“To say you don’t know is the beginning of knowing.” -Chinese proverb, from Thich Nhat Hanh’s
The Heart of Understanding
While I was in teacher training at the Perri Institute, this was one of the first lessons that TaraMarie taught us—in order to acquire knowledge, we must recognize that there is knowledge to be acquired. When we’re over-confident in our own expertise, we have a tendency to shut out the other sources of information that are coming our way. We become satisfied with our own understandings, and this satisfaction creates a mental block that prevents new ideas from entering our consciousness. We may believe that we’re being open-minded, but so long as we are unable to admit that we have much—if not all—to learn, then we are as resistant to new information as a cat is to a bubble bath.
There is a long list of things that I’ll readily admit I know absolutely nothing about: football, organic chemistry, electronic repair, making macarons… the list goes on. But there is also a list of things over which I’m hesitant to claim ignorance. My knowledge of Harry Potter trivia is, for example, rather thorough—as is my ability to quote the majority of the dialogue in
. While these examples are silly, there are more serious matters that I’ve read about quite regularly: debates about the environmental impact of organic versus conventional produce, about the effects of the digital age on the music industry, about the future of artists in the ever-expensive New York City, etc. After the sixth or seventh article, it becomes easier to form an opinion that, while perhaps sounding impressive at dinner parties, is not necessarily grounded in any sort of personal experience, or even primary source documentation. When I find myself latching on to the opinions of either one side or another, I must remind myself—I am not a scientist who has studied agriculture first-hand. Nor am I in any way an authority on the music industry, as I’m pretty sure singing in the shower does not constitute independent artist. My knowledge of the ebbs and flows of NYC’s economy is minimal, and the four years I’ve spent here as a performing artist are few compared to the decades experienced and documented by others. While I may know a little more about these topics than, let’s say, a newborn, I still have much to learn.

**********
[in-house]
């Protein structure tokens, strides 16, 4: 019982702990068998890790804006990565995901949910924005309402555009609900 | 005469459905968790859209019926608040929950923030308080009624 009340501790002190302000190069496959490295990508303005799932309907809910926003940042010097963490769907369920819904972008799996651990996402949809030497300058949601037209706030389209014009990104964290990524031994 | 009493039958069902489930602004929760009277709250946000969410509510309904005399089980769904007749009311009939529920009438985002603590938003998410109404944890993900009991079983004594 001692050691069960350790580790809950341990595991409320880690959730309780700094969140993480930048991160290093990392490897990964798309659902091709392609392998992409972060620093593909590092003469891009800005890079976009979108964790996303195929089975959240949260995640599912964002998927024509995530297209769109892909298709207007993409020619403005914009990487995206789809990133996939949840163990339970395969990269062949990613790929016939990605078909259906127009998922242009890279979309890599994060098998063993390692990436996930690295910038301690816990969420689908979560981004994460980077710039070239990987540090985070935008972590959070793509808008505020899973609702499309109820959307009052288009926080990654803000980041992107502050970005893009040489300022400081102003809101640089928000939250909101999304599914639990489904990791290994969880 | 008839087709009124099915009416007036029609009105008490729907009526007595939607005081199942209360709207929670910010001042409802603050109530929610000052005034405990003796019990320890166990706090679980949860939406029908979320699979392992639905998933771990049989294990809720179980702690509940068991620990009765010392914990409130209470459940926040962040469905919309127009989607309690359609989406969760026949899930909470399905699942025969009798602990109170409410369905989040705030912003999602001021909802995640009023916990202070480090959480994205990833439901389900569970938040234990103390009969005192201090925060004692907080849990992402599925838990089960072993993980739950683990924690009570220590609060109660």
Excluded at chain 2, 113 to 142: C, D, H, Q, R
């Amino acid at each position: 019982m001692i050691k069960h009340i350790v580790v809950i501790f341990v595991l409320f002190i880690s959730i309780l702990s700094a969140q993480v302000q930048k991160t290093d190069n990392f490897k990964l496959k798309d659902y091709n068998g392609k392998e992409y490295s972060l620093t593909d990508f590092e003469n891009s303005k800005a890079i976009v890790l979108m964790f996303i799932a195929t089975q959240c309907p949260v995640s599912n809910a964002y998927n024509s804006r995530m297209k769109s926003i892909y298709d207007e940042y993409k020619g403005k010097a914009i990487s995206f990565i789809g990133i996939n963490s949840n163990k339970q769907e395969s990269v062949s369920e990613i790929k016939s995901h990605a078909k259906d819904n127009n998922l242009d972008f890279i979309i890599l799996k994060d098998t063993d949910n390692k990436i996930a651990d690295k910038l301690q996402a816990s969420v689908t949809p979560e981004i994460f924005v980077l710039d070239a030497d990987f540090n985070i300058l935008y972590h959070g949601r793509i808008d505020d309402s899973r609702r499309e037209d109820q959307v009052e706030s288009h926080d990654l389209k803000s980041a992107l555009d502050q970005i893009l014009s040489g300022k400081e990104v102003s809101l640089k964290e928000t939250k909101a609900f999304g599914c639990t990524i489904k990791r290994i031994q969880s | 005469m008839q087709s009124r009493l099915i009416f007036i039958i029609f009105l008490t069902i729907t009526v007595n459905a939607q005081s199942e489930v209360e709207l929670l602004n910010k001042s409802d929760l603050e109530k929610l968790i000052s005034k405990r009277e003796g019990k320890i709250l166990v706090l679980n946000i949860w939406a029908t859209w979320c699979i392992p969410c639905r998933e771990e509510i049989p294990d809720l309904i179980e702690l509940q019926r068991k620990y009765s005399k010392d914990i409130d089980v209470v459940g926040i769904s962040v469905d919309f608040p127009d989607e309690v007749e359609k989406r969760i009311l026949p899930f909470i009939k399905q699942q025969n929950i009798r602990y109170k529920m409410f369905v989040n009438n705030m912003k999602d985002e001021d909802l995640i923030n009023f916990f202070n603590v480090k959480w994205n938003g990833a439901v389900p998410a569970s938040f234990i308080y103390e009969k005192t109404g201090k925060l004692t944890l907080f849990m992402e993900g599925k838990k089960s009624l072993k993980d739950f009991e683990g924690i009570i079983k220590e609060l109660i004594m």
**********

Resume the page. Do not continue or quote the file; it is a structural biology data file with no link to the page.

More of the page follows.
Admitting that you don’t know something is actually incredibly empowering. It may sound counterintuitive, but once you realize that you’re a blank canvas, you also realize the infinite number of colors, shapes, and materials available to you to start painting your picture. The words “I don’t know” don’t have to be paired with two hands thrown upward in defeat. Instead, we can find a teacher, grab a notebook, and follow our sentiment with “tell me more”.
So, in the spirit of greeting a new year with a clean slate and new intentions, I propose that we also clear out the blocks on what we think we know, and instead open ourselves up to what we don’t.
Have there been times when you've found yourself a little resistant to new information? Have there been moments when you’ve been able to acknowledge that your understandings have room to grow?